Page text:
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By Jason Cooper, Jay Armitage and team “Kickstarted”
A couple of weeks ago, we reached out to the project creators behind Kobe Red, a company that was raising funds to make 100% Japanese beer fed Kobe beef jerky. Their product sounded delicious and we were intrigued to hear more about their crowdfunding story for our documentary film, Kickstarted. We thought these guys would make for a great interview. Plus, their project had massively exceeded it’s modest $2,374 goal, eventually reaching over $120,000 in pledges from 3,000 backers. However, after emailing back and forth with these guys, we started to get very suspicious about the legitimacy of Kobe Red. We decided to look more deeply into their operations and as a result helped to uncover what would have been the biggest fraud in Kickstarter’s history.
First a quick overview of the Kobe Red Beef Jerky scandal:
Most people new to crowdfunding assume that it's rife with fraud and scams. It makes some sense: people are giving money for projects that usually don't exist yet.
However, in practice there have been relatively few frauds on Kickstarter, IndieGoGo, RocketHub or any of the other major crowdfunding platforms. It's a testament to the effort these platforms put into project approval and oversight. In addition, the crowd also usually stops fraud before it gets too far. Our collective wisdom, more often than not, is enough to spot scams. We alert each other and then alert the community managers. It's a great system that we feel will keep crowdfunding fairly safe moving forward.
Still it's important to be diligent before backing a project. Here are a few questions you might want to ask yourself:
Do the project creators have a history in this space?
Does their goal seem reasonable for what they are attempting?
Is it clear that these project creators are who they say they are? Are they in the video and do they have social media connected to the page?
Do they respond to comments and questions?
It really only takes a little common sense. In the end, it's safer to wait something out if you don't feel it can be trusted. Or simply send them a note to clarify an issues you have. Most creators will take the time to respond.
Our first message to Magnus Fun, Inc., the creators of Kobe Red, was a simple interview request. We wanted to talk about their project as we’d done with dozens of other creators in the last few months.
We messaged back and forth for a couple of weeks, but nothing materialized. So instead, we’d asked them to answer a few questions via webcam for a video project we were putting together. Instead of doing that, the messaged us a few days later claiming to have shot something themselves at a recent taste test they held in Long Beach. They were going to edit the footage and send it to us to review.
It's important to clarify that we hadn’t seen the footage at all, and still haven't. We also had not in anyway agreed to use the footage or even to put Kobe Red in our film.
However, immediately after sending us that last message they made an update on the Kobe Red Kickstarter project page. They said they had just enlisted a student filmmaker to record their latest taste test event and that the footage would be in our documentary. Again, this was misleading, as we had never promised any such thing. Additionally, many of their backers saw this post and assumed that we had actually filmed the Magnus team ourselves. We hadn’t, and had nothing to do with it.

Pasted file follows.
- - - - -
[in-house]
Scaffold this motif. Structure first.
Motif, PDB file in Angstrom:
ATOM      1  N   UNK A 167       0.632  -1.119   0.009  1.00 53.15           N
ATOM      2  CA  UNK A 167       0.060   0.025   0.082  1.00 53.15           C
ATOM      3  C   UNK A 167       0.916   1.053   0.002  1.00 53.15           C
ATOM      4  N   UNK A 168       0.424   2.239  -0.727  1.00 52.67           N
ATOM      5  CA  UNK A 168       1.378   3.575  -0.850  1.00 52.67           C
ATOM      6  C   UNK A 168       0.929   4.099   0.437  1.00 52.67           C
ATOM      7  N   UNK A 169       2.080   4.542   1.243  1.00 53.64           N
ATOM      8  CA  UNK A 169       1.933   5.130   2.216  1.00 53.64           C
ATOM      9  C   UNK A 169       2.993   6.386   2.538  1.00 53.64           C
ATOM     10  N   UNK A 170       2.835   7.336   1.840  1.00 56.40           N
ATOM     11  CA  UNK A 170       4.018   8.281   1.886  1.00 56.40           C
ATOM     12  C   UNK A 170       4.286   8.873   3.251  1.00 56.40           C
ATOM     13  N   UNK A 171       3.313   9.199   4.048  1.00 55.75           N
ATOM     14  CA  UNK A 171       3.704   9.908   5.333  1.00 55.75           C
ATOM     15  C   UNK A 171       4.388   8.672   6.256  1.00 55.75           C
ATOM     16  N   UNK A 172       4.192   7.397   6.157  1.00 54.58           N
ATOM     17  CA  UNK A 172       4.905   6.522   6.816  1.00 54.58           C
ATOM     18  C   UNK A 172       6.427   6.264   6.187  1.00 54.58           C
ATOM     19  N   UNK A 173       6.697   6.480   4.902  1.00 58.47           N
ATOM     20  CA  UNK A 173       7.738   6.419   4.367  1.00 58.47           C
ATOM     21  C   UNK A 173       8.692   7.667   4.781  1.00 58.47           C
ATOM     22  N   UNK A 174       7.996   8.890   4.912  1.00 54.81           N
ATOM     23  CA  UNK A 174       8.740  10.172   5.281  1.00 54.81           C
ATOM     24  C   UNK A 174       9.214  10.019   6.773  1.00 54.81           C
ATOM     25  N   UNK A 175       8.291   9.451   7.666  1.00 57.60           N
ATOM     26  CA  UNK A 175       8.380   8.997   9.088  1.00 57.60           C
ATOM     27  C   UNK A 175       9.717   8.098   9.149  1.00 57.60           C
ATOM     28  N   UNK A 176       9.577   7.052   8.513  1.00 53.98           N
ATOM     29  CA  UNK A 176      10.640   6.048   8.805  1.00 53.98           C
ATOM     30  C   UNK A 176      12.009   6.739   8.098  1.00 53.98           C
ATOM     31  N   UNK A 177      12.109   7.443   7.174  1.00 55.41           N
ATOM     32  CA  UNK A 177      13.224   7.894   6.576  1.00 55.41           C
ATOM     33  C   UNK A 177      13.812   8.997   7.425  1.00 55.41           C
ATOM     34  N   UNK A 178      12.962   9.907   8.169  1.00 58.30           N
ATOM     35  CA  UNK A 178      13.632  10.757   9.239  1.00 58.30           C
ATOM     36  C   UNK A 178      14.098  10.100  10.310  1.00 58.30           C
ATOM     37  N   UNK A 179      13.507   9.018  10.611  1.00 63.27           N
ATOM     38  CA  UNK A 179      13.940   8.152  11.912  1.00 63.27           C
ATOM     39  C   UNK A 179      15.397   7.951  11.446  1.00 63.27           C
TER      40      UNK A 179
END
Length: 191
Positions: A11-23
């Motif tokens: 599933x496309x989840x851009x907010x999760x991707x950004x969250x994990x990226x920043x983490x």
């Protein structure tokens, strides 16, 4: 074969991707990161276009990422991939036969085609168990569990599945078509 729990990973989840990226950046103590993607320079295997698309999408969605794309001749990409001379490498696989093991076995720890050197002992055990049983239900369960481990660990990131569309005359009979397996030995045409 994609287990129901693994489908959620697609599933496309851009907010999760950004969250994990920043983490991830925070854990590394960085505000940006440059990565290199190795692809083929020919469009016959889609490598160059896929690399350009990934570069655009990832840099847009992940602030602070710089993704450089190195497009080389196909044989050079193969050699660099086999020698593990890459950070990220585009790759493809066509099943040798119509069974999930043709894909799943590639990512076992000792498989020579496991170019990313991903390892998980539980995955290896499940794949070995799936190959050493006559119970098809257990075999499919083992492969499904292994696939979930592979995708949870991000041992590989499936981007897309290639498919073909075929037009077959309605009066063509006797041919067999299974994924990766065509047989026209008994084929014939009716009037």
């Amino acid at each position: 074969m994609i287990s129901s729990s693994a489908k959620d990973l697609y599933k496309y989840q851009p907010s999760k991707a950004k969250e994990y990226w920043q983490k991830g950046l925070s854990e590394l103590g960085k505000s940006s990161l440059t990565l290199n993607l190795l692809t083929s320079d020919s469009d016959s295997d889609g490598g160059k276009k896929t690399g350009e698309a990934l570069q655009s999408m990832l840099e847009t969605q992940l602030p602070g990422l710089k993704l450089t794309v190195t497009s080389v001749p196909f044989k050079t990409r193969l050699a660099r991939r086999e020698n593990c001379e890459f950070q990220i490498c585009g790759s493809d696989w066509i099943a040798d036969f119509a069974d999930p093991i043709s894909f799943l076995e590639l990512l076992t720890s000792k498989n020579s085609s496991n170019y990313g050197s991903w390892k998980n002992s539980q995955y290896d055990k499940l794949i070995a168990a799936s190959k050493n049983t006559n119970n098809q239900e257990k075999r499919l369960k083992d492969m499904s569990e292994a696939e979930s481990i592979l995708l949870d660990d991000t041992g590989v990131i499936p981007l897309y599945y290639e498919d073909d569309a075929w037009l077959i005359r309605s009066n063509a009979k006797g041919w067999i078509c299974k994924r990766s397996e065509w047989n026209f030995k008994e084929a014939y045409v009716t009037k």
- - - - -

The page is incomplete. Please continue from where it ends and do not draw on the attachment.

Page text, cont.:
Soon after, we got a number of messages from Kobe Red backers asking us to verify whether or not Kobe Red was real and if we'd actually met them. It turns out the project creators already raised numerous red flags with their suspicious updates and lack of clear information. People were becoming concerned about this project, despite the $120,000 that had been pledged to it. As a result, we started a full-scale investigation of Kobe Red and the creators behind. Here is shortened rundown of some of the indicators of fraud we discovered over those next 24 hours:
Magnus Fun Inc had created another project - a mini coffee table book – that failed only 2 days before Kobe Red was launched.
The project creators never released their names, photos or other personal details.
The project’s video was generic and relied on photos to tell their story. The creators were entirely absent and never reference their past related projects.
Their taste test testimonials were mostly from iPhone screen caps. The names of the people giving the testimonials were not discoverable in thorough Internet and social media searches.
The project page shared many strangely detailed personal stories about the creator that didn’t directly reference the project and that were not at all challengeable. In retrospect, these stories and details were clearly added to create a false sense of authenticity.
Their goal of $2,374 was to "buy a new refrigerator," seemingly in support of their production process. However, there are very few details about their actual production capabilities or how the beef would ultimately end up in the hands of consumers.